For the pure thrill of exporation, City Squares: Eighteen Writers on the Spirit and Significance of Squares around the World and For the Love of Europe: Musings on 45 Years of Travel by Rick Steves were two excellent reads for growing my cultural awareness and experiencing the world in a practical and enlivened sense through the experiences of the stories. On a more unique train of thought, The Socrates Express: In Search of Life Lessons From Dead Philosophers by Eric Weiner is both a fascinating romp through the places and spaces that make up this world through the development of philosophy. It provides a great summary of the history of philosophy by loacating it in its time and place.
I can also speak of the spiritual journey. Jesus: A Pilgrimage by James Martin was an amazing pick for the Lenten period as it follows the story of Jesus through the footsteps of his life and ministry with a unique eye given to the land, the history and the culture as it would have been and as we experience it today. A Rhythm of Prayer: A Collection of Meditations for Renewal by Sarah Bessey and Lent For Everyone by N.T. Wright were both devotions that helped shape my journey through similar periods with intention.
Also shaping that spiritual journey on a larger level was Invasion of the Dead: Preaching Resurrection by Brian K. Blount, a book that presents a revelatory look at how it is we see understand death and life fom a more ancient vantage point, seeing in the Gospel certain assumptions about what it means to be truly alive and dead. In a similarly perspective shaping way This Hallelujah Banquet: How the End of What We Were Reveals Who We Can Be by Eugene Peterson, based on a series of sermons he gave early in his pastoring days and formulated by his life long interest in the subject of Revelation, really helped me to see both this present reality and our future hope in a fresh way. Same with the invigorating The Death of the Messiah and the Birth of the New Covenant: A (Not So) New Model of the Atonement by Mchael J. Gorman, which does the same with the subject of Christs death and resurrection by forming it against covenant theology.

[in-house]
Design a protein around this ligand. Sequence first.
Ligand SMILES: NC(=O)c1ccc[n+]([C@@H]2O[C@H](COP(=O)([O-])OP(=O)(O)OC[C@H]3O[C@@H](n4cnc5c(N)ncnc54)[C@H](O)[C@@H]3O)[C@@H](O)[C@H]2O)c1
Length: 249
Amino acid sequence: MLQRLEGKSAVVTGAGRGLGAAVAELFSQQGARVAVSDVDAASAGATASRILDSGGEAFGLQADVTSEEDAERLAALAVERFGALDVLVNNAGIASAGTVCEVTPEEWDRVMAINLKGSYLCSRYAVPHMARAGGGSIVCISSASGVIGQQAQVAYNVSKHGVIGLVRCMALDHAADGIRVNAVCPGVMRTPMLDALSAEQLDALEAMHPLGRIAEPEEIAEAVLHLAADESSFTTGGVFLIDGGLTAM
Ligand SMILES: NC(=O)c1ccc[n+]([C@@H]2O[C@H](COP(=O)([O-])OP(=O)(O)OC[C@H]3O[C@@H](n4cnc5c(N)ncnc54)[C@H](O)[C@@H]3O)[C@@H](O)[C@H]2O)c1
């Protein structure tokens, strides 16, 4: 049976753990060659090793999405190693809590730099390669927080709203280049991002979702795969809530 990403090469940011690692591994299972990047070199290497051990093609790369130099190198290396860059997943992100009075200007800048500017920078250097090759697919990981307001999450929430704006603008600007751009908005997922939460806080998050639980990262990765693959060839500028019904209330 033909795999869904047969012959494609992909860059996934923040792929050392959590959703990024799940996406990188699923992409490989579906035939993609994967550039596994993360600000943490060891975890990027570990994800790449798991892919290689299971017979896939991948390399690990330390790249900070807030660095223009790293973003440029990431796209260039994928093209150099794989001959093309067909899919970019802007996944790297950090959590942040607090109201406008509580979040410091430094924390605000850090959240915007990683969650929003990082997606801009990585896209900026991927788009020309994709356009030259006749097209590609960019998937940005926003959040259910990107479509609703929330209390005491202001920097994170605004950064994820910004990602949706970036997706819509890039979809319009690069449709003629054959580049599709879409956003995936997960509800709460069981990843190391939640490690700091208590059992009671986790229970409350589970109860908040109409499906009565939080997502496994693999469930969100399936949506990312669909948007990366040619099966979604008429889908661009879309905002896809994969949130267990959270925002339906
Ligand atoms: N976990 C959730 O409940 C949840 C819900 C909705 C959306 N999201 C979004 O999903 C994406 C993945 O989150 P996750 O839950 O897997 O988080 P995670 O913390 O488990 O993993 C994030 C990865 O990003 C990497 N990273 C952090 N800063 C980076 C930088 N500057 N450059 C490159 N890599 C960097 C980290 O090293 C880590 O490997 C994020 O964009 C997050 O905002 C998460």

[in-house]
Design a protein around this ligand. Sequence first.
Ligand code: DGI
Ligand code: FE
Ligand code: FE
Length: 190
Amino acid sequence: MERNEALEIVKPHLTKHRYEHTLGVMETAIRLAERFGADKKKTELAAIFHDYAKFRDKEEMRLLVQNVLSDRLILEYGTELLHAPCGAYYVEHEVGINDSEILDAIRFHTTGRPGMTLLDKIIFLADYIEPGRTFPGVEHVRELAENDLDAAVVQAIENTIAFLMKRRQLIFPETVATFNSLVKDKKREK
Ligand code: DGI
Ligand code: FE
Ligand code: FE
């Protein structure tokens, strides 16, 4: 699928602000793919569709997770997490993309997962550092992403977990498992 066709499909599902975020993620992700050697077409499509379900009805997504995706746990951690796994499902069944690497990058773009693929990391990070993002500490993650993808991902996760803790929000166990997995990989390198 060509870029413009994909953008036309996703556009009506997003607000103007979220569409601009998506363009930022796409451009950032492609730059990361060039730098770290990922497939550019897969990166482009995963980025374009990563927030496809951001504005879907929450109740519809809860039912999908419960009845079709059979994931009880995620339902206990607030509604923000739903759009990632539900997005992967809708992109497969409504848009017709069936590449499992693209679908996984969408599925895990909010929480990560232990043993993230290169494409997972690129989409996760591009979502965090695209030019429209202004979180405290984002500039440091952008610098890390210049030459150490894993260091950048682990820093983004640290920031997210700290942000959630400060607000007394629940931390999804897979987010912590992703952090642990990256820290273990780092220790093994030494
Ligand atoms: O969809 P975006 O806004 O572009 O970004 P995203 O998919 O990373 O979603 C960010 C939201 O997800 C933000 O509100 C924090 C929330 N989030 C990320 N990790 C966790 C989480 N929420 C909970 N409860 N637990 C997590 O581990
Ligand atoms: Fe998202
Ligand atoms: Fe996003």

On a slightly shared by different spiritually concerned front, The Good News of the Return of the King; The Gospel in Middle Earth by Michael T. Jahosky and J.R.R. Tolkiens The Sanctifying Myth: Understanding Middle Earth by Bradley J. Birzer are two reads that tapped into a curious cultural phenomenon, which is the tendency for society to demonize Lewis while wholly embracing LOTR even though they wrote from similar points of perspective and shaped their stories from a shared worldview. Both books help to underscore how to read LOTR and Tolkien at large appropriately rather than recontextualizing the story out of its contextualized intention. Bringing to light the idea of the true myth that makes sense of all the worlds story was deeply ingrained in Tolkien and his passionate desire for these stories.